A SENIOR government official at watchdog Ofsted has been appointed Coventry City Council’s new director of children’s services.
John Gregg’s appointment comes at a time of crisis, after Ofsted rated Coventry’s children’s services department “inadequate” after failures relating to the murder of city schoolboy Daniel Pelka.
He has been drafted into to one of three new six-figure salaried directorships at the council in its people’s directorate – which also now has a permanent executive director.
It has prompted councillors’ questions over whether the number of city taxpayer-funded top earners at the council is being reduced in line with dramatic cuts to the rest of the workforce.
Mr Gregg is currently Ofsted’s deputy director for social care regulation.
He started his career working with children outdoors before going on to manage in residential care settings.
Qualifying as a social worker in 1995, his early career was spent working with looked after children and care leavers.
As a senior inspector at Ofsted he was involved in overseeing inspections of help and child protection, looked after children and care leavers in councils.
He said: “I am delighted to be joining Coventry at such an exciting time. Coventry is a place where there is a real opportunity to improve the lives of vulnerable children and young people.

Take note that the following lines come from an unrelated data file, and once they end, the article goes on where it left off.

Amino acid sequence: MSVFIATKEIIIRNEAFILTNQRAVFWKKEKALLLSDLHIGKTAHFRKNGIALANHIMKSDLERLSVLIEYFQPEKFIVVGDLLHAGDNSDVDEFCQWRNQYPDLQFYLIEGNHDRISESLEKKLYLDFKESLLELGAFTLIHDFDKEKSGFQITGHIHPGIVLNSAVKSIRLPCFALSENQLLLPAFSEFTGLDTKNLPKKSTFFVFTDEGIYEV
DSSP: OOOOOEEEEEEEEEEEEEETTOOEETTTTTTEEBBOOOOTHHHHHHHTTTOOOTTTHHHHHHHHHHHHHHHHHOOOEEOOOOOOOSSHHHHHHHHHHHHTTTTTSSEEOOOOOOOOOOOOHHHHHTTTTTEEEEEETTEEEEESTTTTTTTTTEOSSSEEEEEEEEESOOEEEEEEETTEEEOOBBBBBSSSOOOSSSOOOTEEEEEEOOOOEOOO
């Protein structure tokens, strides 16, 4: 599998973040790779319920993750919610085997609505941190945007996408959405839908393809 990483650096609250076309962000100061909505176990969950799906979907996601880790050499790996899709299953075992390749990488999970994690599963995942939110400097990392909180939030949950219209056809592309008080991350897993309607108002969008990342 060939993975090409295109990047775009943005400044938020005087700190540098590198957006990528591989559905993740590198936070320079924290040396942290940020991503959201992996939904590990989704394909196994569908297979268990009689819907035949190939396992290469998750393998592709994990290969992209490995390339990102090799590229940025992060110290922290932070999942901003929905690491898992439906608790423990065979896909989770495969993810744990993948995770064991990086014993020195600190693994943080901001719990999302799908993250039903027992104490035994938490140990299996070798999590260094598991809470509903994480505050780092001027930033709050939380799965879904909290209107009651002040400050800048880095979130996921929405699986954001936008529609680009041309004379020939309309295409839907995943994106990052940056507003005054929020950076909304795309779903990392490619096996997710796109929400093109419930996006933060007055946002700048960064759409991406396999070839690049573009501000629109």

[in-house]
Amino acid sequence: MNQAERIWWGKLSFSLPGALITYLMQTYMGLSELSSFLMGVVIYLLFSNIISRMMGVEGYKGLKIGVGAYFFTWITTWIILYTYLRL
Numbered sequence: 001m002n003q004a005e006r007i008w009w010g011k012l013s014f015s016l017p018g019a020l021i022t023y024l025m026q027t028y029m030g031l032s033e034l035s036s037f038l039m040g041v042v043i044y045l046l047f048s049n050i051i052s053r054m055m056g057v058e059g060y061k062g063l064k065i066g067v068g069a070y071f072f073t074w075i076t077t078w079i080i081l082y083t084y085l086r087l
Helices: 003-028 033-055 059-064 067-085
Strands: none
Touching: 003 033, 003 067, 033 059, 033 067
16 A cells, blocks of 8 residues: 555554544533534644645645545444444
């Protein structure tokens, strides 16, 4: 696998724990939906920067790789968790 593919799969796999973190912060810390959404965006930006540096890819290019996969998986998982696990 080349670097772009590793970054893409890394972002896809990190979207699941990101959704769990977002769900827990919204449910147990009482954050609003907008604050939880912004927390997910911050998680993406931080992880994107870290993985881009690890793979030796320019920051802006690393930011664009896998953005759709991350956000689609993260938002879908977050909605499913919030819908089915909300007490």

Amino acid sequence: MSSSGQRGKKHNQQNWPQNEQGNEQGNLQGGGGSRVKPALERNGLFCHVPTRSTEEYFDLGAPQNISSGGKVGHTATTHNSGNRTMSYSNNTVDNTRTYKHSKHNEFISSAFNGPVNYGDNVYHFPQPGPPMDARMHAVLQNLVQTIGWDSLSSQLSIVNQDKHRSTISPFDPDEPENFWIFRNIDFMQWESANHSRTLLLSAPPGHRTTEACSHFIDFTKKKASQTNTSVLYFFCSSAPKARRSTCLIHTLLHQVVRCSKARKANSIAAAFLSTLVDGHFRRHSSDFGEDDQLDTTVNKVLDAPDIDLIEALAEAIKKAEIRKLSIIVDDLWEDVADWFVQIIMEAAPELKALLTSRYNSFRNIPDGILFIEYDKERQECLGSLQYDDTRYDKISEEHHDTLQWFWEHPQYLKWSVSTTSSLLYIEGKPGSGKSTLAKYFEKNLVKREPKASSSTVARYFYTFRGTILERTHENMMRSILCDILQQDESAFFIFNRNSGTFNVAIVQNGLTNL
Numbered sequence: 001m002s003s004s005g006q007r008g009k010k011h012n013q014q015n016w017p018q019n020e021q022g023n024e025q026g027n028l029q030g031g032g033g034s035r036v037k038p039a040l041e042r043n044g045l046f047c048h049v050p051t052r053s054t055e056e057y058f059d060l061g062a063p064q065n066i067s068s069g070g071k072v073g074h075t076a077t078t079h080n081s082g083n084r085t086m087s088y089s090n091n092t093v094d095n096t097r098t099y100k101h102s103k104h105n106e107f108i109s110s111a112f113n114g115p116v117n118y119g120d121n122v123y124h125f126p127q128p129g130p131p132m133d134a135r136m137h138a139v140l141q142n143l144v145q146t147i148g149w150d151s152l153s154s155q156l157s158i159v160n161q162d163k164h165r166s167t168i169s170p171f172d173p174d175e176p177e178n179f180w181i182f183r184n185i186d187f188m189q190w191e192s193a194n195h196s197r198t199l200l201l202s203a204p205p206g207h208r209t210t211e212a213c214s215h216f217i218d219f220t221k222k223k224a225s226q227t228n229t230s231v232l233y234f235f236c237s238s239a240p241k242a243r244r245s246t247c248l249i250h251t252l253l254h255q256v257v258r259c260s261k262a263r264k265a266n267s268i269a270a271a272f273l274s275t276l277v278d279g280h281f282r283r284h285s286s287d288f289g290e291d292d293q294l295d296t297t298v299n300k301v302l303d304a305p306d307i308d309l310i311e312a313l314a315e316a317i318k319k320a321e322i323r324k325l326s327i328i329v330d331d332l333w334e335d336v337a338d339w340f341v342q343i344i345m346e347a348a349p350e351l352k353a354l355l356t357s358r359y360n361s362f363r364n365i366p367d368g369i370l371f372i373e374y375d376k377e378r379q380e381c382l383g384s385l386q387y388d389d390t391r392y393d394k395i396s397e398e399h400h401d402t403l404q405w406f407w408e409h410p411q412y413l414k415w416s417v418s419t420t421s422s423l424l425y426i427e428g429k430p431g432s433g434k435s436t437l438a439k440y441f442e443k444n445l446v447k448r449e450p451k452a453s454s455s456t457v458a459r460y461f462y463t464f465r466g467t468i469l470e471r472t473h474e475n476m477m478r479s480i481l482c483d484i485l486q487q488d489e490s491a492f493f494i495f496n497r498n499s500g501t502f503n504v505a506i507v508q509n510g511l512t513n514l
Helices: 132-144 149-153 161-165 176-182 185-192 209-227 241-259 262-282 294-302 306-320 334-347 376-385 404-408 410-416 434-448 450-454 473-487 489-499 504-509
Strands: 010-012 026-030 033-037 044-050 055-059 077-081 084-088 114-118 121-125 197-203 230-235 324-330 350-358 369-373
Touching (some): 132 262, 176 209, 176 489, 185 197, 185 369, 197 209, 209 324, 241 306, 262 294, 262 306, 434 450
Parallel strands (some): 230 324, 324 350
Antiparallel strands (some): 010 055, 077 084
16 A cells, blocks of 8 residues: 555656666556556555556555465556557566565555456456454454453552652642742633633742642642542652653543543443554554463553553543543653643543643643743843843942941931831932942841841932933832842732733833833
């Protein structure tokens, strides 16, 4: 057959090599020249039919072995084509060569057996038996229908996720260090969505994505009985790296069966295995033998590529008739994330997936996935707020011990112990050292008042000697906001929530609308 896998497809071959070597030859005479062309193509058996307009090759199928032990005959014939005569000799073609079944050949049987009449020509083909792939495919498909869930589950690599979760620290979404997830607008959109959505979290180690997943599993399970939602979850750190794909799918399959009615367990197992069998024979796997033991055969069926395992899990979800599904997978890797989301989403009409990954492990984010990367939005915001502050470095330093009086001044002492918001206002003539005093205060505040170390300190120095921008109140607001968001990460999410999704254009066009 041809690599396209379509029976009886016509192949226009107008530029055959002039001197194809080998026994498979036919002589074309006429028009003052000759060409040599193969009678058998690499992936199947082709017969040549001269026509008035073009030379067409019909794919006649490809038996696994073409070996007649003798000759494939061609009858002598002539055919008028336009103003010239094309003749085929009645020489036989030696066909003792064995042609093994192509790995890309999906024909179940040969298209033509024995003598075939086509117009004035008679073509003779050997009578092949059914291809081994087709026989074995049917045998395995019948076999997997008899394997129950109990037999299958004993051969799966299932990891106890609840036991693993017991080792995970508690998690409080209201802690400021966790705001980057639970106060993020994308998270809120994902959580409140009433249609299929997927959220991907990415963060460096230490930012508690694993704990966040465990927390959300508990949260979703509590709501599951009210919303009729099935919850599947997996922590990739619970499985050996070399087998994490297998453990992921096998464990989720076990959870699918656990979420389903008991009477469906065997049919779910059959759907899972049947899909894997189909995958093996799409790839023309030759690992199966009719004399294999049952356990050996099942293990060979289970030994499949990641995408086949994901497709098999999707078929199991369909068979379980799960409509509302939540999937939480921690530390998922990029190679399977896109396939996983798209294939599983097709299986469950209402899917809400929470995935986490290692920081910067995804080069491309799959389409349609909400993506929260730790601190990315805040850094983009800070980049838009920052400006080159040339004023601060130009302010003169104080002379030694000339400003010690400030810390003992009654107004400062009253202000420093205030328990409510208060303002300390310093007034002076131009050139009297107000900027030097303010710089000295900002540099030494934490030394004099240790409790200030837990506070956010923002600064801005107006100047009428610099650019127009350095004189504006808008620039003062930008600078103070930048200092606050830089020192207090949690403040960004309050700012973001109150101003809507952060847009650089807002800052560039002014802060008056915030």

“The commitment of members and senior leaders at a time when resources are scarce is testament to this.
“I look forward to meeting as many children, colleagues and partners as possible when I start my new role. I am really keen to meet as many front line staff as possible so that I can understand what it is like for children living in Coventry”.
Labour councillor Ed Ruane, cabinet member for children’s services, said: “John impressed us all with his focus on and passion for improving children’s lives.
“We’ve delivered many improvements already here but have a lot more to do. John will play a key role in delivering transformation in our services for children in Coventry and help us all make sure we put Coventry children first across all services.”
The council maintains it will save £500,000 with the management restructure, by losing assitant director roles and other jobs further down the structure.